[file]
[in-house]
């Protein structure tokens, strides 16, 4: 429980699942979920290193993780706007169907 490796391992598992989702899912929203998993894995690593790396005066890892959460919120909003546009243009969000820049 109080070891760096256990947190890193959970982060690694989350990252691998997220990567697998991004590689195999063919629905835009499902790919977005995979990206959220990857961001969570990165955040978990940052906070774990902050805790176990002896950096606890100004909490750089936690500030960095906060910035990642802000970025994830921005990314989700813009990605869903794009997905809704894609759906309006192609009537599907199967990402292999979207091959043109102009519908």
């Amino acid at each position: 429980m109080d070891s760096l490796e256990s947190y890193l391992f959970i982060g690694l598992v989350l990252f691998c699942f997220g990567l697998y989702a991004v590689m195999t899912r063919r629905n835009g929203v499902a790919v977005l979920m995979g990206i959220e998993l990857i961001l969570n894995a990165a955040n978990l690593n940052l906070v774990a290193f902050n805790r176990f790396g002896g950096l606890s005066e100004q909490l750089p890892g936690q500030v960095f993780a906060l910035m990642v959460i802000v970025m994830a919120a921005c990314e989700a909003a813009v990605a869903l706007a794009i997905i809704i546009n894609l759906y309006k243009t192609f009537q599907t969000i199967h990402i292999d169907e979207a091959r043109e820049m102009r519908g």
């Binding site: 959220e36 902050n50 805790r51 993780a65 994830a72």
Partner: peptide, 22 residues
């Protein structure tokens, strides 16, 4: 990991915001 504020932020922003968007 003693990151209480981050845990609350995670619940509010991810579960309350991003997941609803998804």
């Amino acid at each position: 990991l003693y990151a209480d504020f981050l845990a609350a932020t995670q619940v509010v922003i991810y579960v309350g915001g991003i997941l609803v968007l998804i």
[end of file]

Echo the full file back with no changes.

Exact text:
[in-house]
């Protein structure tokens, strides 16, 4: 429980699942979920290193993780706007169907 490796391992598992989702899912929203998993894995690593790396005066890892959460919120909003546009243009969000820049 109080070891760096256990947190890193959970982060690694989350990252691998997220990567697998991004590689195999063919629905835009499902790919977005995979990206959220990857961001969570990165955040978990940052906070774990902050805790176990002896950096606890100004909490750089936690500030960095906060910035990642802000970025994830921005990314989700813009990605869903794009997905809704894609759906309006192609009537599907199967990402292999979207091959043109102009519908």
């Amino acid at each position: 429980m109080d070891s760096l490796e256990s947190y890193l391992f959970i982060g690694l598992v989350l990252f691998c699942f997220g990567l697998y989702a991004v590689m195999t899912r063919r629905n835009g929203v499902a790919v977005l979920m995979g990206i959220e998993l990857i961001l969570n894995a990165a955040n978990l690593n940052l906070v774990a290193f902050n805790r176990f790396g002896g950096l606890s005066e100004q909490l750089p890892g936690q500030v960095f993780a906060l910035m990642v959460i802000v970025m994830a919120a921005c990314e989700a909003a813009v990605a869903l706007a794009i997905i809704i546009n894609l759906y309006k243009t192609f009537q599907t969000i199967h990402i292999d169907e979207a091959r043109e820049m102009r519908g």
């Binding site: 959220e36 902050n50 805790r51 993780a65 994830a72």
Partner: peptide, 22 residues
């Protein structure tokens, strides 16, 4: 990991915001 504020932020922003968007 003693990151209480981050845990609350995670619940509010991810579960309350991003997941609803998804």
């Amino acid at each position: 990991l003693y990151a209480d504020f981050l845990a609350a932020t995670q619940v509010v922003i991810y579960v309350g915001g991003i997941l609803v968007l998804i």